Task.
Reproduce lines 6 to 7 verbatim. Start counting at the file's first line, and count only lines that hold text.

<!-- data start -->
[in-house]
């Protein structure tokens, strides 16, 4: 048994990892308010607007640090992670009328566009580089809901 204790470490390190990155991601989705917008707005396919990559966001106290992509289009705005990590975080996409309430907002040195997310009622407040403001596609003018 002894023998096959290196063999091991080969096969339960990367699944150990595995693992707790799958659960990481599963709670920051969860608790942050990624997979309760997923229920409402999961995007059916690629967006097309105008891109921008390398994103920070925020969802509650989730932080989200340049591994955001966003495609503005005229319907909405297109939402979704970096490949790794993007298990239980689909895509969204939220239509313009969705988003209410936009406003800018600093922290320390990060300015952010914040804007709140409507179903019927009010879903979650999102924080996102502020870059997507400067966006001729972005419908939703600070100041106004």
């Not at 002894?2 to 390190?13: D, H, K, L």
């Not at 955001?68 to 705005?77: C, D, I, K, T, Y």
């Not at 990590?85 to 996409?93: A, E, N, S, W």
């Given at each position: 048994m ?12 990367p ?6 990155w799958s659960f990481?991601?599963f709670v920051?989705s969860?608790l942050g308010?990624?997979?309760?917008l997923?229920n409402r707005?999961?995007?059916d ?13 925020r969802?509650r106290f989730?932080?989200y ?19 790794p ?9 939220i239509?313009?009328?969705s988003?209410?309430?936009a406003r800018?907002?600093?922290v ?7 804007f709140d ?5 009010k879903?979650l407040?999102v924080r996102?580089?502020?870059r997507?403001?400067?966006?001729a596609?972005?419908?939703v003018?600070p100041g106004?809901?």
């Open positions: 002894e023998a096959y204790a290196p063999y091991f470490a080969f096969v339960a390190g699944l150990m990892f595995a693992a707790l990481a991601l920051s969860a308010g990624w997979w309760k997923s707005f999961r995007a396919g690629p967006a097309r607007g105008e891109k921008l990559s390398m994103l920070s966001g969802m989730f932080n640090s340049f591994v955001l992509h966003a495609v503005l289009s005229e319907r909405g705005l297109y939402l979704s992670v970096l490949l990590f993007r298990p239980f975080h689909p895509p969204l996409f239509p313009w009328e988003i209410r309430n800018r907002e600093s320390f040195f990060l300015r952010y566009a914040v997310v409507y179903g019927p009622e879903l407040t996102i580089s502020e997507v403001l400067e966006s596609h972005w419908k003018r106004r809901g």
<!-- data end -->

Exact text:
């Given at each position: 048994m ?12 990367p ?6 990155w799958s659960f990481?991601?599963f709670v920051?989705s969860?608790l942050g308010?990624?997979?309760?917008l997923?229920n409402r707005?999961?995007?059916d ?13 925020r969802?509650r106290f989730?932080?989200y ?19 790794p ?9 939220i239509?313009?009328?969705s988003?209410?309430?936009a406003r800018?907002?600093?922290v ?7 804007f709140d ?5 009010k879903?979650l407040?999102v924080r996102?580089?502020?870059r997507?403001?400067?966006?001729a596609?972005?419908?939703v003018?600070p100041g106004?809901?």
């Open positions: 002894e023998a096959y204790a290196p063999y091991f470490a080969f096969v339960a390190g699944l150990m990892f595995a693992a707790l990481a991601l920051s969860a308010g990624w997979w309760k997923s707005f999961r995007a396919g690629p967006a097309r607007g105008e891109k921008l990559s390398m994103l920070s966001g969802m989730f932080n640090s340049f591994v955001l992509h966003a495609v503005l289009s005229e319907r909405g705005l297109y939402l979704s992670v970096l490949l990590f993007r298990p239980f975080h689909p895509p969204l996409f239509p313009w009328e988003i209410r309430n800018r907002e600093s320390f040195f990060l300015r952010y566009a914040v997310v409507y179903g019927p009622e879903l407040t996102i580089s502020e997507v403001l400067e966006s596609h972005w419908k003018r106004r809901g």